Time has not been kind to Mary Lambert's adaptation of Stephen King’s Pet Sematary. Wait. Another lousy Stephen King movie, you ask? Big surprise, I know, as there are a ton of them. More so than there need be for source material that is so incredibly rich with rock and schlock. The novel is a classic from King. The film, while memorable for some late occurring nightmarish happenings, is sadly not as memorable.
To be fair to this twenty-three year old movie, I don’t take issue with the somewhat dated look of the film nor is there fault to be found with the performance of then five-year-old Miko Hughes as the scalpel-wielding baby turned psycho Gage. It’s in the rather uninspired direction from Lambert and the so-straight-it’s-boring performances from Dale Midkiff and Denise Crosby that lay waste to the continued appreciation of Pet Sematary.
Adapted by King himself, Pet Sematary is the supernatural tale of a doctor gone insane with grief after the death and resurrection of the family cat, Church, and, more importantly, his little boy. Moving always brings a nice change and for the Creeds moving from the city to the country is a nice change of pace for their once busy lives. Little do they know that living so close to a country highway could be so dangerous.
The Creed’s first taste of tragedy comes when a full-throttled diesel truck mows down the family cat. Prompted by his easy-going neighbor Jed (Fred Gwynne of television’s “The Munsters”), Dr. Louise Creed (Midkiff) buries the family cat within an Indian burial ground known to the locals as Pet Sematary. Soon, it returns. Of course, it’s not really of the same disposition as it was before; it smells and is viscously angry toward Louise.
Next in the supernatural burial ground is his son. When Gage is mercilessly taken out by another speeding semi-truck, Louise ignores Jed’s dire warning that “sometimes dead is better” and puts his son in Pet Sematary. And when he returns, his vengeance is paid at a costly price.
Lambert’s workmanlike direction undermines the rich visuals and emotion of King’s screenplay and plays it safe with a paint-by-numbers approach to movie making. So much for her creativity on display in her numerous music videos and debut. Her direction here is maybe too smooth and – outside of Gwynne’s sorrowful performance and Gage’s creepy post-mortem lines – leaves a lot to be desired.
All too soon this close-knit family falls apart and are shuttled away to Chicago. While King centered the script around emotional loss, the acting and rapid sequencing of events has that quality bubbling out as almost parody. The pre-resurrection scene where Gage’s coffin is tipped over by Louise and his arguing father-in-law is a bit too overdramatic. There’s also little sense of atmosphere that, in my opinion, is weird since we are dealing with a spooky old graveyard where the dead return to life.
Pet Sematary isn’t all bad and, perhaps just barely, there is enough twisted occurrences to keep it on this Halloween season. But it is material that is just dying to be brought back to life…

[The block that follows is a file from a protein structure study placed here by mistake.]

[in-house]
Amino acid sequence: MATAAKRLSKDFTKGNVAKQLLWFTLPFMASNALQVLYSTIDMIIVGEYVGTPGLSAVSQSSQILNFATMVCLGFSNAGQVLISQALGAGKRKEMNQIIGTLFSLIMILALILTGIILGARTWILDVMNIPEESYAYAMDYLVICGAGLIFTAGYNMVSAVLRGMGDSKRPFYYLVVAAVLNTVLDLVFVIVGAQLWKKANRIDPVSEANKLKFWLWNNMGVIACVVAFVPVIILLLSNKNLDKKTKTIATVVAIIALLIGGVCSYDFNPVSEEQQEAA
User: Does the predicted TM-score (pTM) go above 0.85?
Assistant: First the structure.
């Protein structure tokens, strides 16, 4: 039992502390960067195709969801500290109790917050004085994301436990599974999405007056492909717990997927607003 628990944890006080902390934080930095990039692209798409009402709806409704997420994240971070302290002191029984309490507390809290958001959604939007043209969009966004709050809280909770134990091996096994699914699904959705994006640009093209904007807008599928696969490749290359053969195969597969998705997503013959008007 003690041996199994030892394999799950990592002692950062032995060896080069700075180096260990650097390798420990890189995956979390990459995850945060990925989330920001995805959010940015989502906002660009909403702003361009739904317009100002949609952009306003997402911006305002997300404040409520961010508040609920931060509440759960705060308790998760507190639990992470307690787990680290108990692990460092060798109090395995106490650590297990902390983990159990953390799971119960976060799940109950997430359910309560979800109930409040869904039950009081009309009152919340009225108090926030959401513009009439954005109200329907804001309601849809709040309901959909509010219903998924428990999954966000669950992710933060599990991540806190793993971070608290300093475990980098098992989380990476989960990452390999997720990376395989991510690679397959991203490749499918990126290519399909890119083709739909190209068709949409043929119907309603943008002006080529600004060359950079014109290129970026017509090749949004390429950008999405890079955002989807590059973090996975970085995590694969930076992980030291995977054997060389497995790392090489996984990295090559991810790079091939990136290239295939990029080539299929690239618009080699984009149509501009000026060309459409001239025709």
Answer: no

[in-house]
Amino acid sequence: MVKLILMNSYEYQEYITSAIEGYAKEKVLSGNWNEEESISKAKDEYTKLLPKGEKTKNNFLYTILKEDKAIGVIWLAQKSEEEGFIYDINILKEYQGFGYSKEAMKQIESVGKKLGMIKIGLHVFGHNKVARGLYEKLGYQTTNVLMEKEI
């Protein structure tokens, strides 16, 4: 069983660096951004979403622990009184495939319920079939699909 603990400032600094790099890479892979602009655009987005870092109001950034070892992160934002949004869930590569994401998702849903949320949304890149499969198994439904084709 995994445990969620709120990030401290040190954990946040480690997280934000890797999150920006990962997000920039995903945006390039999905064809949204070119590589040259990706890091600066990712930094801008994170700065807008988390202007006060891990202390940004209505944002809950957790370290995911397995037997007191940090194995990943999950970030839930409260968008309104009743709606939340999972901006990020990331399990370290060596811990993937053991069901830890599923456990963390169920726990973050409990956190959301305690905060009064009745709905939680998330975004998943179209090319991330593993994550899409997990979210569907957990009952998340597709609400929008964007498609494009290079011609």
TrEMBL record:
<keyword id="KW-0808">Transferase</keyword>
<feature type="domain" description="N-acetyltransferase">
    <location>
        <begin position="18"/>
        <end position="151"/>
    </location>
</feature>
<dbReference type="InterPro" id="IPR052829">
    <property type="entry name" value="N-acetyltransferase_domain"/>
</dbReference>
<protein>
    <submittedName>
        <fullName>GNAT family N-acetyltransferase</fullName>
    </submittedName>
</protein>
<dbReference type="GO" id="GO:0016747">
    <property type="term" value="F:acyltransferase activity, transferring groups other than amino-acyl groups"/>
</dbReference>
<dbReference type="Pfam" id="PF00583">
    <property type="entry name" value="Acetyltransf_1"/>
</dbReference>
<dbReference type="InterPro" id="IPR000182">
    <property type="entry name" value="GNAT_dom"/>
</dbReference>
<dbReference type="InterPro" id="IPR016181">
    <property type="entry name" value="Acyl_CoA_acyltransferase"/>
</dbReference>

MPAA Rating: R for Strong Horror Violence and Disturbing Images.
Runtime: 103 mins.
Director: Mary Lambert
Writer: Stephen King
Cast: Dale Midkiff; Fred Gwynne; Denise Crosby; Brad Greenquist; Miko Hughes
Tagline: Sometimes dead is better.
Memorable Movie Quote: "God sees the truth... But waits."
Distributor: Paramount Pictures
Release Date: April 21, 1989
DVD/Blu-ray Release Date: October 2, 2012
Synopsis: Behind a young family's home in Maine is a terrible secret that holds the power of life after death. When tragedy strikes, the threat of that power soon becomes undeniable.
English SDH, French, Spanish (less)
English SDH, French, Spanish, Portuguese, German SDH (less)
Available on Blu-ray - October 2, 2012
Screen Formats: 1.85:1
Subtitles: English, English SDH, French, Spanish, Portuguese
Audio: English: DTS-HD Master Audio 5.1 (48kHz, 24-bit); French: Dolby Digital 2.0; Spanish: Dolby Digital Mono; Portugese: Dolby Digital Mono
Discs: 50GB Blu-ray Disc; Single disc (1 BD)
The 1080p/AVC MPEG-4 encode appears to be the same as the Special Collector’s Edition DVD a couple of years back. With a boosted contrast level and saturated colors, there’s really nothing notable about the transfer. There are, unfortunately, several blurry scenes and the resolution suffers in quality throughout the running time. Colors don’t pop and facial tones appear to be washed out and thin. At times, the shadows absolutely dominate the screen with crushing blacks and definition is hard to spot out. The DTS-HD Master Audio soundtrack also disappoints with a surround sound that isn’t active in large chunks of the picture and rather thin bottom to the sound spacing. Dialogue, however, is clean.
- Provided by Lambert, the director’s commentary is sparse and more concerned with anecdotes about the shooting of the film then with actual discussion about the film. She does, however, spend time discussing what brought her to the production.
For fans of Stephen King, the supplemental material is the best part of the packaging. It begins with a thirteen-minute collection of interviews with biographer Douglas E. Winter and producer Richard P. Rubinstein as they discuss the inspiration for the novel. The next featurette has its actors and director discussing the themes of the movie and the characters. Finally, more interviews with cast and crew as they discuss the make-up effects of the horror film and ponder its legacy.
- Stephen King Territory (13 min)
- Characters (13 min)
- Filming the Horror (10 min)